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Black is the New White : Playhouse QPAC

Home > Brisbane > Theatre Reviews | Theatre | Comedy
by John Andrew (subscribe)
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Seriously funny


This is the funniest play I've seen in a long time.



On paper, perhaps it shouldn't be.

Two retired political rivals find themselves in enforced proximity as they celebrate Christmas together in the company of their spouses and children at the insistence of said children who are about to announce their engagement.

We first encounter the rivals in a Twitter battle of words about lettuce. If you thought it was impossible to be self-important about lettuce - you're wrong.

Add to the mix that the "progressive" politician (Ray) is aboriginal, and clearly, as his up-market holiday home would suggest, well-heeled. And that the Conservative politician and custodian of the family Trust Fund (Denison) is less than enamoured with his son's (Francis) incapacity to find a paying job, while clinging to a dream of being an experimental classical cellist. Both political spouses are less than enamoured with the life they have led, and less than fully convinced that their partners are the political giants they would like to think they are.

Enter a narrator (invisible to the cast) who confides in the audience, fleshes out back-stories, flags up-coming confrontations, moves objects around for the cast to find, and leads us in happy-clappy sing and dance-alongs.

Charlotte (the about to be engaged daughter) is an activist lawyer, who, to her father's chagrin, is about to give up the chance of being the female Waleed Aly to take up Postgraduate study in the USA.

So we have a Christmas gathering with people from widely different backgrounds, with animosities close to the surface threatening to explode, with inter-generational tensions simmering and coming to the boil.

Add (spoiler alert) that one of the protagonist's sexuality is not as it seems, and that a DNA test reveals that another's ethnicity is not as it seems and we have a superbly crafted web of confrontations and revelations which gives the playwright the chance to explore class, race, power, and privilege in a way that I haven't experienced in Australia.

And, because this play is also sufficiently self-aware to be able to send itself up, just about every character has a chance to voice a heart-felt credo, while being just moments away from a belly-laugh or a farcical prat-fall.

That's the amazing strength of this play. On the one hand we have searing and wide-ranging indictments of hypocrisies and conflicts, on the other we have food-fights, songs, dances, prat-falls and almost non-stop one-liners that have us roaring with laughter.

Cassie Tongue in "The Guardian" says about Nakkah Lui (the playwright)

"Her writing, whether devastating or hilarious, has always shown a great deal of accessible humanity and relentless intelligence. In this play and its twinkling take on the romcom form, she throws an erratic but big-hearted spotlight on upper-class entitlement and guilt; black identity and pride (and separatism); sexual repression; women's oppression; the responsibility or consequence of success; and, more broadly, the politics of culture and identity."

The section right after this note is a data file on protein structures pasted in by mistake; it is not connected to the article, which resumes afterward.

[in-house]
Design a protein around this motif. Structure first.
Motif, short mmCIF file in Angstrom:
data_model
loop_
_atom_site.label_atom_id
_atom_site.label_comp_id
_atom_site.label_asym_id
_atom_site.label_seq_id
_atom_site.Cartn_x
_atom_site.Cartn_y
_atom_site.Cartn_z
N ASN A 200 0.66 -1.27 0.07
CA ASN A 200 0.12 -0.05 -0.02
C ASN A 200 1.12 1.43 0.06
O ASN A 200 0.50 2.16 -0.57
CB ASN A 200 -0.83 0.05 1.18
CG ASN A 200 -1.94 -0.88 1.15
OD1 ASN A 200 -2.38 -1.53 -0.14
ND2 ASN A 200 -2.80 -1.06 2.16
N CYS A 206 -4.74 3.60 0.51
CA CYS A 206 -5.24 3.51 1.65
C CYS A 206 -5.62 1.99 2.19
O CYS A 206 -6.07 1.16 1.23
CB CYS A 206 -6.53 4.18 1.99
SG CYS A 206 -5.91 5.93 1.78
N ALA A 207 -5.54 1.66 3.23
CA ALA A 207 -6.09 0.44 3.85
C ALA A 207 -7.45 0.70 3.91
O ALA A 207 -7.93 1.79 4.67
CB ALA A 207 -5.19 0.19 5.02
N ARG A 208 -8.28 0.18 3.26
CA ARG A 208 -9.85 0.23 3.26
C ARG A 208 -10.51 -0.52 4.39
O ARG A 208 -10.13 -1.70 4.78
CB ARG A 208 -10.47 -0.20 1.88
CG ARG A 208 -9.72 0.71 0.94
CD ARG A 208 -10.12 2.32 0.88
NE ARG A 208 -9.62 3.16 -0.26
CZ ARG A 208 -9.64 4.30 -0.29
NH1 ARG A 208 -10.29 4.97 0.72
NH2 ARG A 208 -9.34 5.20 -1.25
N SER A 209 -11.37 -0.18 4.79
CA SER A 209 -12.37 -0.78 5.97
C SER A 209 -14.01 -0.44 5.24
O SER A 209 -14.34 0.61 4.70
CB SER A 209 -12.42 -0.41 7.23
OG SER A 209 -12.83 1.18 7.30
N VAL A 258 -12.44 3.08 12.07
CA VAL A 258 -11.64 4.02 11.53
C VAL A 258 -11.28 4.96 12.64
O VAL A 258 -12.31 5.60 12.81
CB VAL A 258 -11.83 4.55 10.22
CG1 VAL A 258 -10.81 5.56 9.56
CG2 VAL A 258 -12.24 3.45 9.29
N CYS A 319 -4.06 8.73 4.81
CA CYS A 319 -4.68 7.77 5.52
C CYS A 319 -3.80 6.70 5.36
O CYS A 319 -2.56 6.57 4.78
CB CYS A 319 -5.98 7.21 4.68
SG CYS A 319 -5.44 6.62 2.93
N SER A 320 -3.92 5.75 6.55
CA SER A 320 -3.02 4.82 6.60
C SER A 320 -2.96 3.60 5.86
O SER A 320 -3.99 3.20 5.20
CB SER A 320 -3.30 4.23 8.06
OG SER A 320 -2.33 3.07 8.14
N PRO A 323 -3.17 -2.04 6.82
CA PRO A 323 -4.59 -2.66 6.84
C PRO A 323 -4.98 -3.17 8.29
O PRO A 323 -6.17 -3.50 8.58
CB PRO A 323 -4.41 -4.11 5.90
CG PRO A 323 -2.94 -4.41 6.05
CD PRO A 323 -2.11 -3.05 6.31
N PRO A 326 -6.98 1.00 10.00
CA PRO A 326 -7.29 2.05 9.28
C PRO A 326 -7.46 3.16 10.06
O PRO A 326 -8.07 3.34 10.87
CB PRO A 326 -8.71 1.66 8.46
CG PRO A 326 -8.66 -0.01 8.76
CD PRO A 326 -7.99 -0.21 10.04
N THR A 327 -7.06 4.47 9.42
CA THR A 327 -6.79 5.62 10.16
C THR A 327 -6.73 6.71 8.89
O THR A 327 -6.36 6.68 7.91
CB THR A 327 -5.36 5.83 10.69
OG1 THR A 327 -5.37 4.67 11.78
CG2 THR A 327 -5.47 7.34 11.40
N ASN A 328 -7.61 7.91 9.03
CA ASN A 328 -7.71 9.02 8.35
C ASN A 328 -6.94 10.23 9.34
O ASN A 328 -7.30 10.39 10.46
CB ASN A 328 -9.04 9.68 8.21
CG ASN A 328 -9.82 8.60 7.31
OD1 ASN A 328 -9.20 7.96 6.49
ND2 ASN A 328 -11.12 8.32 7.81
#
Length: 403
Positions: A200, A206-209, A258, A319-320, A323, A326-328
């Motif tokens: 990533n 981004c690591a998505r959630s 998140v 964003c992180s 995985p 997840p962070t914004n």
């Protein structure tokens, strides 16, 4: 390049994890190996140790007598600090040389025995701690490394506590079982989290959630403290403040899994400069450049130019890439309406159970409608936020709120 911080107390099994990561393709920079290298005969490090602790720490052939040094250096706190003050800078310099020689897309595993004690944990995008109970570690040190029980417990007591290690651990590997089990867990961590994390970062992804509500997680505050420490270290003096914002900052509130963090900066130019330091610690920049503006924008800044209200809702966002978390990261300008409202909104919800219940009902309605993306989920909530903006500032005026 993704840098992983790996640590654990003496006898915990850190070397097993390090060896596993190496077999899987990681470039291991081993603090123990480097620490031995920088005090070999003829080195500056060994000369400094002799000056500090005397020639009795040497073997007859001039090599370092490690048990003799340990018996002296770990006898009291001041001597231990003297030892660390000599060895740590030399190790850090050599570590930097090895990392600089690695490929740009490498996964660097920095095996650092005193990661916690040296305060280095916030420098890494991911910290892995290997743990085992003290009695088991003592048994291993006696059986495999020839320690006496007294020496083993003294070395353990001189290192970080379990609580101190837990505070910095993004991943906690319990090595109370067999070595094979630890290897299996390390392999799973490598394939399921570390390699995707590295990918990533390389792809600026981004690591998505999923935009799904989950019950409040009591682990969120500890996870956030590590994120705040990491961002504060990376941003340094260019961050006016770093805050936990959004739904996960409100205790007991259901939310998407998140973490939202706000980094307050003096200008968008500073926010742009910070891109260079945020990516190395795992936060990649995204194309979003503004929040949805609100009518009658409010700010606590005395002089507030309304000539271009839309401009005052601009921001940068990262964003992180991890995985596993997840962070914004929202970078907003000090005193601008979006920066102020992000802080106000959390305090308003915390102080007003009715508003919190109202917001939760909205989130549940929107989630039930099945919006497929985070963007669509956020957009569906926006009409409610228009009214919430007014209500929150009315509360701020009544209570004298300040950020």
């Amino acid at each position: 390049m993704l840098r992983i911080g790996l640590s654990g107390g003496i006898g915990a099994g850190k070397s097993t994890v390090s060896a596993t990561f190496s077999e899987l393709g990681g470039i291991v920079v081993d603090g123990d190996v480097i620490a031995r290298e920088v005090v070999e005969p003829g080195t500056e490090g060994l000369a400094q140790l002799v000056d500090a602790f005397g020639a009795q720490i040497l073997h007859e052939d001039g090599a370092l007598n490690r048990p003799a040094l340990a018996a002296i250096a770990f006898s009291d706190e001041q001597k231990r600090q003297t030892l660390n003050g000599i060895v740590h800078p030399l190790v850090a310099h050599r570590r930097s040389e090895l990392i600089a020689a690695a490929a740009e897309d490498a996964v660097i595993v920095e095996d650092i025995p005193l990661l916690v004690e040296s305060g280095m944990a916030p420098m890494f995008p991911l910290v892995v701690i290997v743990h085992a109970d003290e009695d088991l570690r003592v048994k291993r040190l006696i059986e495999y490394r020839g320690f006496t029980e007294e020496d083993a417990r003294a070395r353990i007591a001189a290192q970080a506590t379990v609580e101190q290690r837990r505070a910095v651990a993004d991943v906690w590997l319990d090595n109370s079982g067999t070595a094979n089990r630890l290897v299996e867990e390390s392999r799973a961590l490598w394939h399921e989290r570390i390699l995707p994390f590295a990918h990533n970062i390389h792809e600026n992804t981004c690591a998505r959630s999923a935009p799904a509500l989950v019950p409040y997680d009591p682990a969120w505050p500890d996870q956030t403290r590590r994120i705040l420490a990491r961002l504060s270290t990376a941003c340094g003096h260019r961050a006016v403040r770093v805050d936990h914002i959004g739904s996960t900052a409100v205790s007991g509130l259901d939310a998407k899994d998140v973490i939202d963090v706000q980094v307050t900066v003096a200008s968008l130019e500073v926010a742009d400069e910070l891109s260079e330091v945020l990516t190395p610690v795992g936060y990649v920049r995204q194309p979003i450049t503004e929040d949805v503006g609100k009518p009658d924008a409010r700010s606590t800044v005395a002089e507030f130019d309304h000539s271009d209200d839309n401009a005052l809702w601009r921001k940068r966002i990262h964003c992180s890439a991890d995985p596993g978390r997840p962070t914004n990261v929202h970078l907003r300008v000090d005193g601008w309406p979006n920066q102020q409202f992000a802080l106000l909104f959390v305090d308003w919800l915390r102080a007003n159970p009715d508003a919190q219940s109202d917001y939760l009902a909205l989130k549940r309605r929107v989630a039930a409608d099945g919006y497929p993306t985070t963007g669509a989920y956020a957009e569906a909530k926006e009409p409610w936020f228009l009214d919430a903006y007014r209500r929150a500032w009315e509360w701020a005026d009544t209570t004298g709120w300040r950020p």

Bernard Shaw, in his day, showed us that laughter can be a devastating weapon in shattering preconceptions. Nakkah follows in that tradition.

This is a wonderful play – possibly needing just a bit of editing to make it even more effective – but nonetheless ticking just about every box – dialogue, action, comic timing, brilliant setting and without a weak link in the acting.



On paper it may well have seemed over-ambitious.

On stage it works wonderfully.

The audience clearly loved it, and the standing ovation at the end was well deserved.

If you only go to one play this year, this should be the one.
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REVIEWS

…Generously funny... a bustling, astute and questioning social comedy on identity politics★★★★ - The Sydney Morning Herald

…With pitch-perfect performances all round, it's a thought-provoking, joyously entertaining comedy★★★★ - The Daily Telegraph

…A wonderfully quick-witted, sharp-as-a-tack Australian Rom Com with a lot of heart that keeps the audience laughing – or gasping – all the way." ★★★★½ - Limelight

… Deliciously funny." - The Australian

… Big social issues with a whole heap of goofball" - The Guardian

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Black is the New White sold out its world premiere season at Sydney Theatre Company in 2017, a triumph for Queensland Theatre's director Paige Rattray, writer Nakkiah Lui and designer Renée Mulder.

Director Paige Rattray
Designer Renée Mulder
Lighting Designer Ben Hughes
Composer/Sound Composer Steve Toulmin

Cast includes Tony Briggs, Luke Carroll, Vanessa Downing, Geoff Morrell, Melodie Reynolds-Diarra, Shari Sebbens, Tom Stokes, Anthony Taufa and Miranda Tapsell.
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Why? Funniest play for a long time
When: Until 17th Feb
Where: Playhouse QPAC
Cost: $78 - $90
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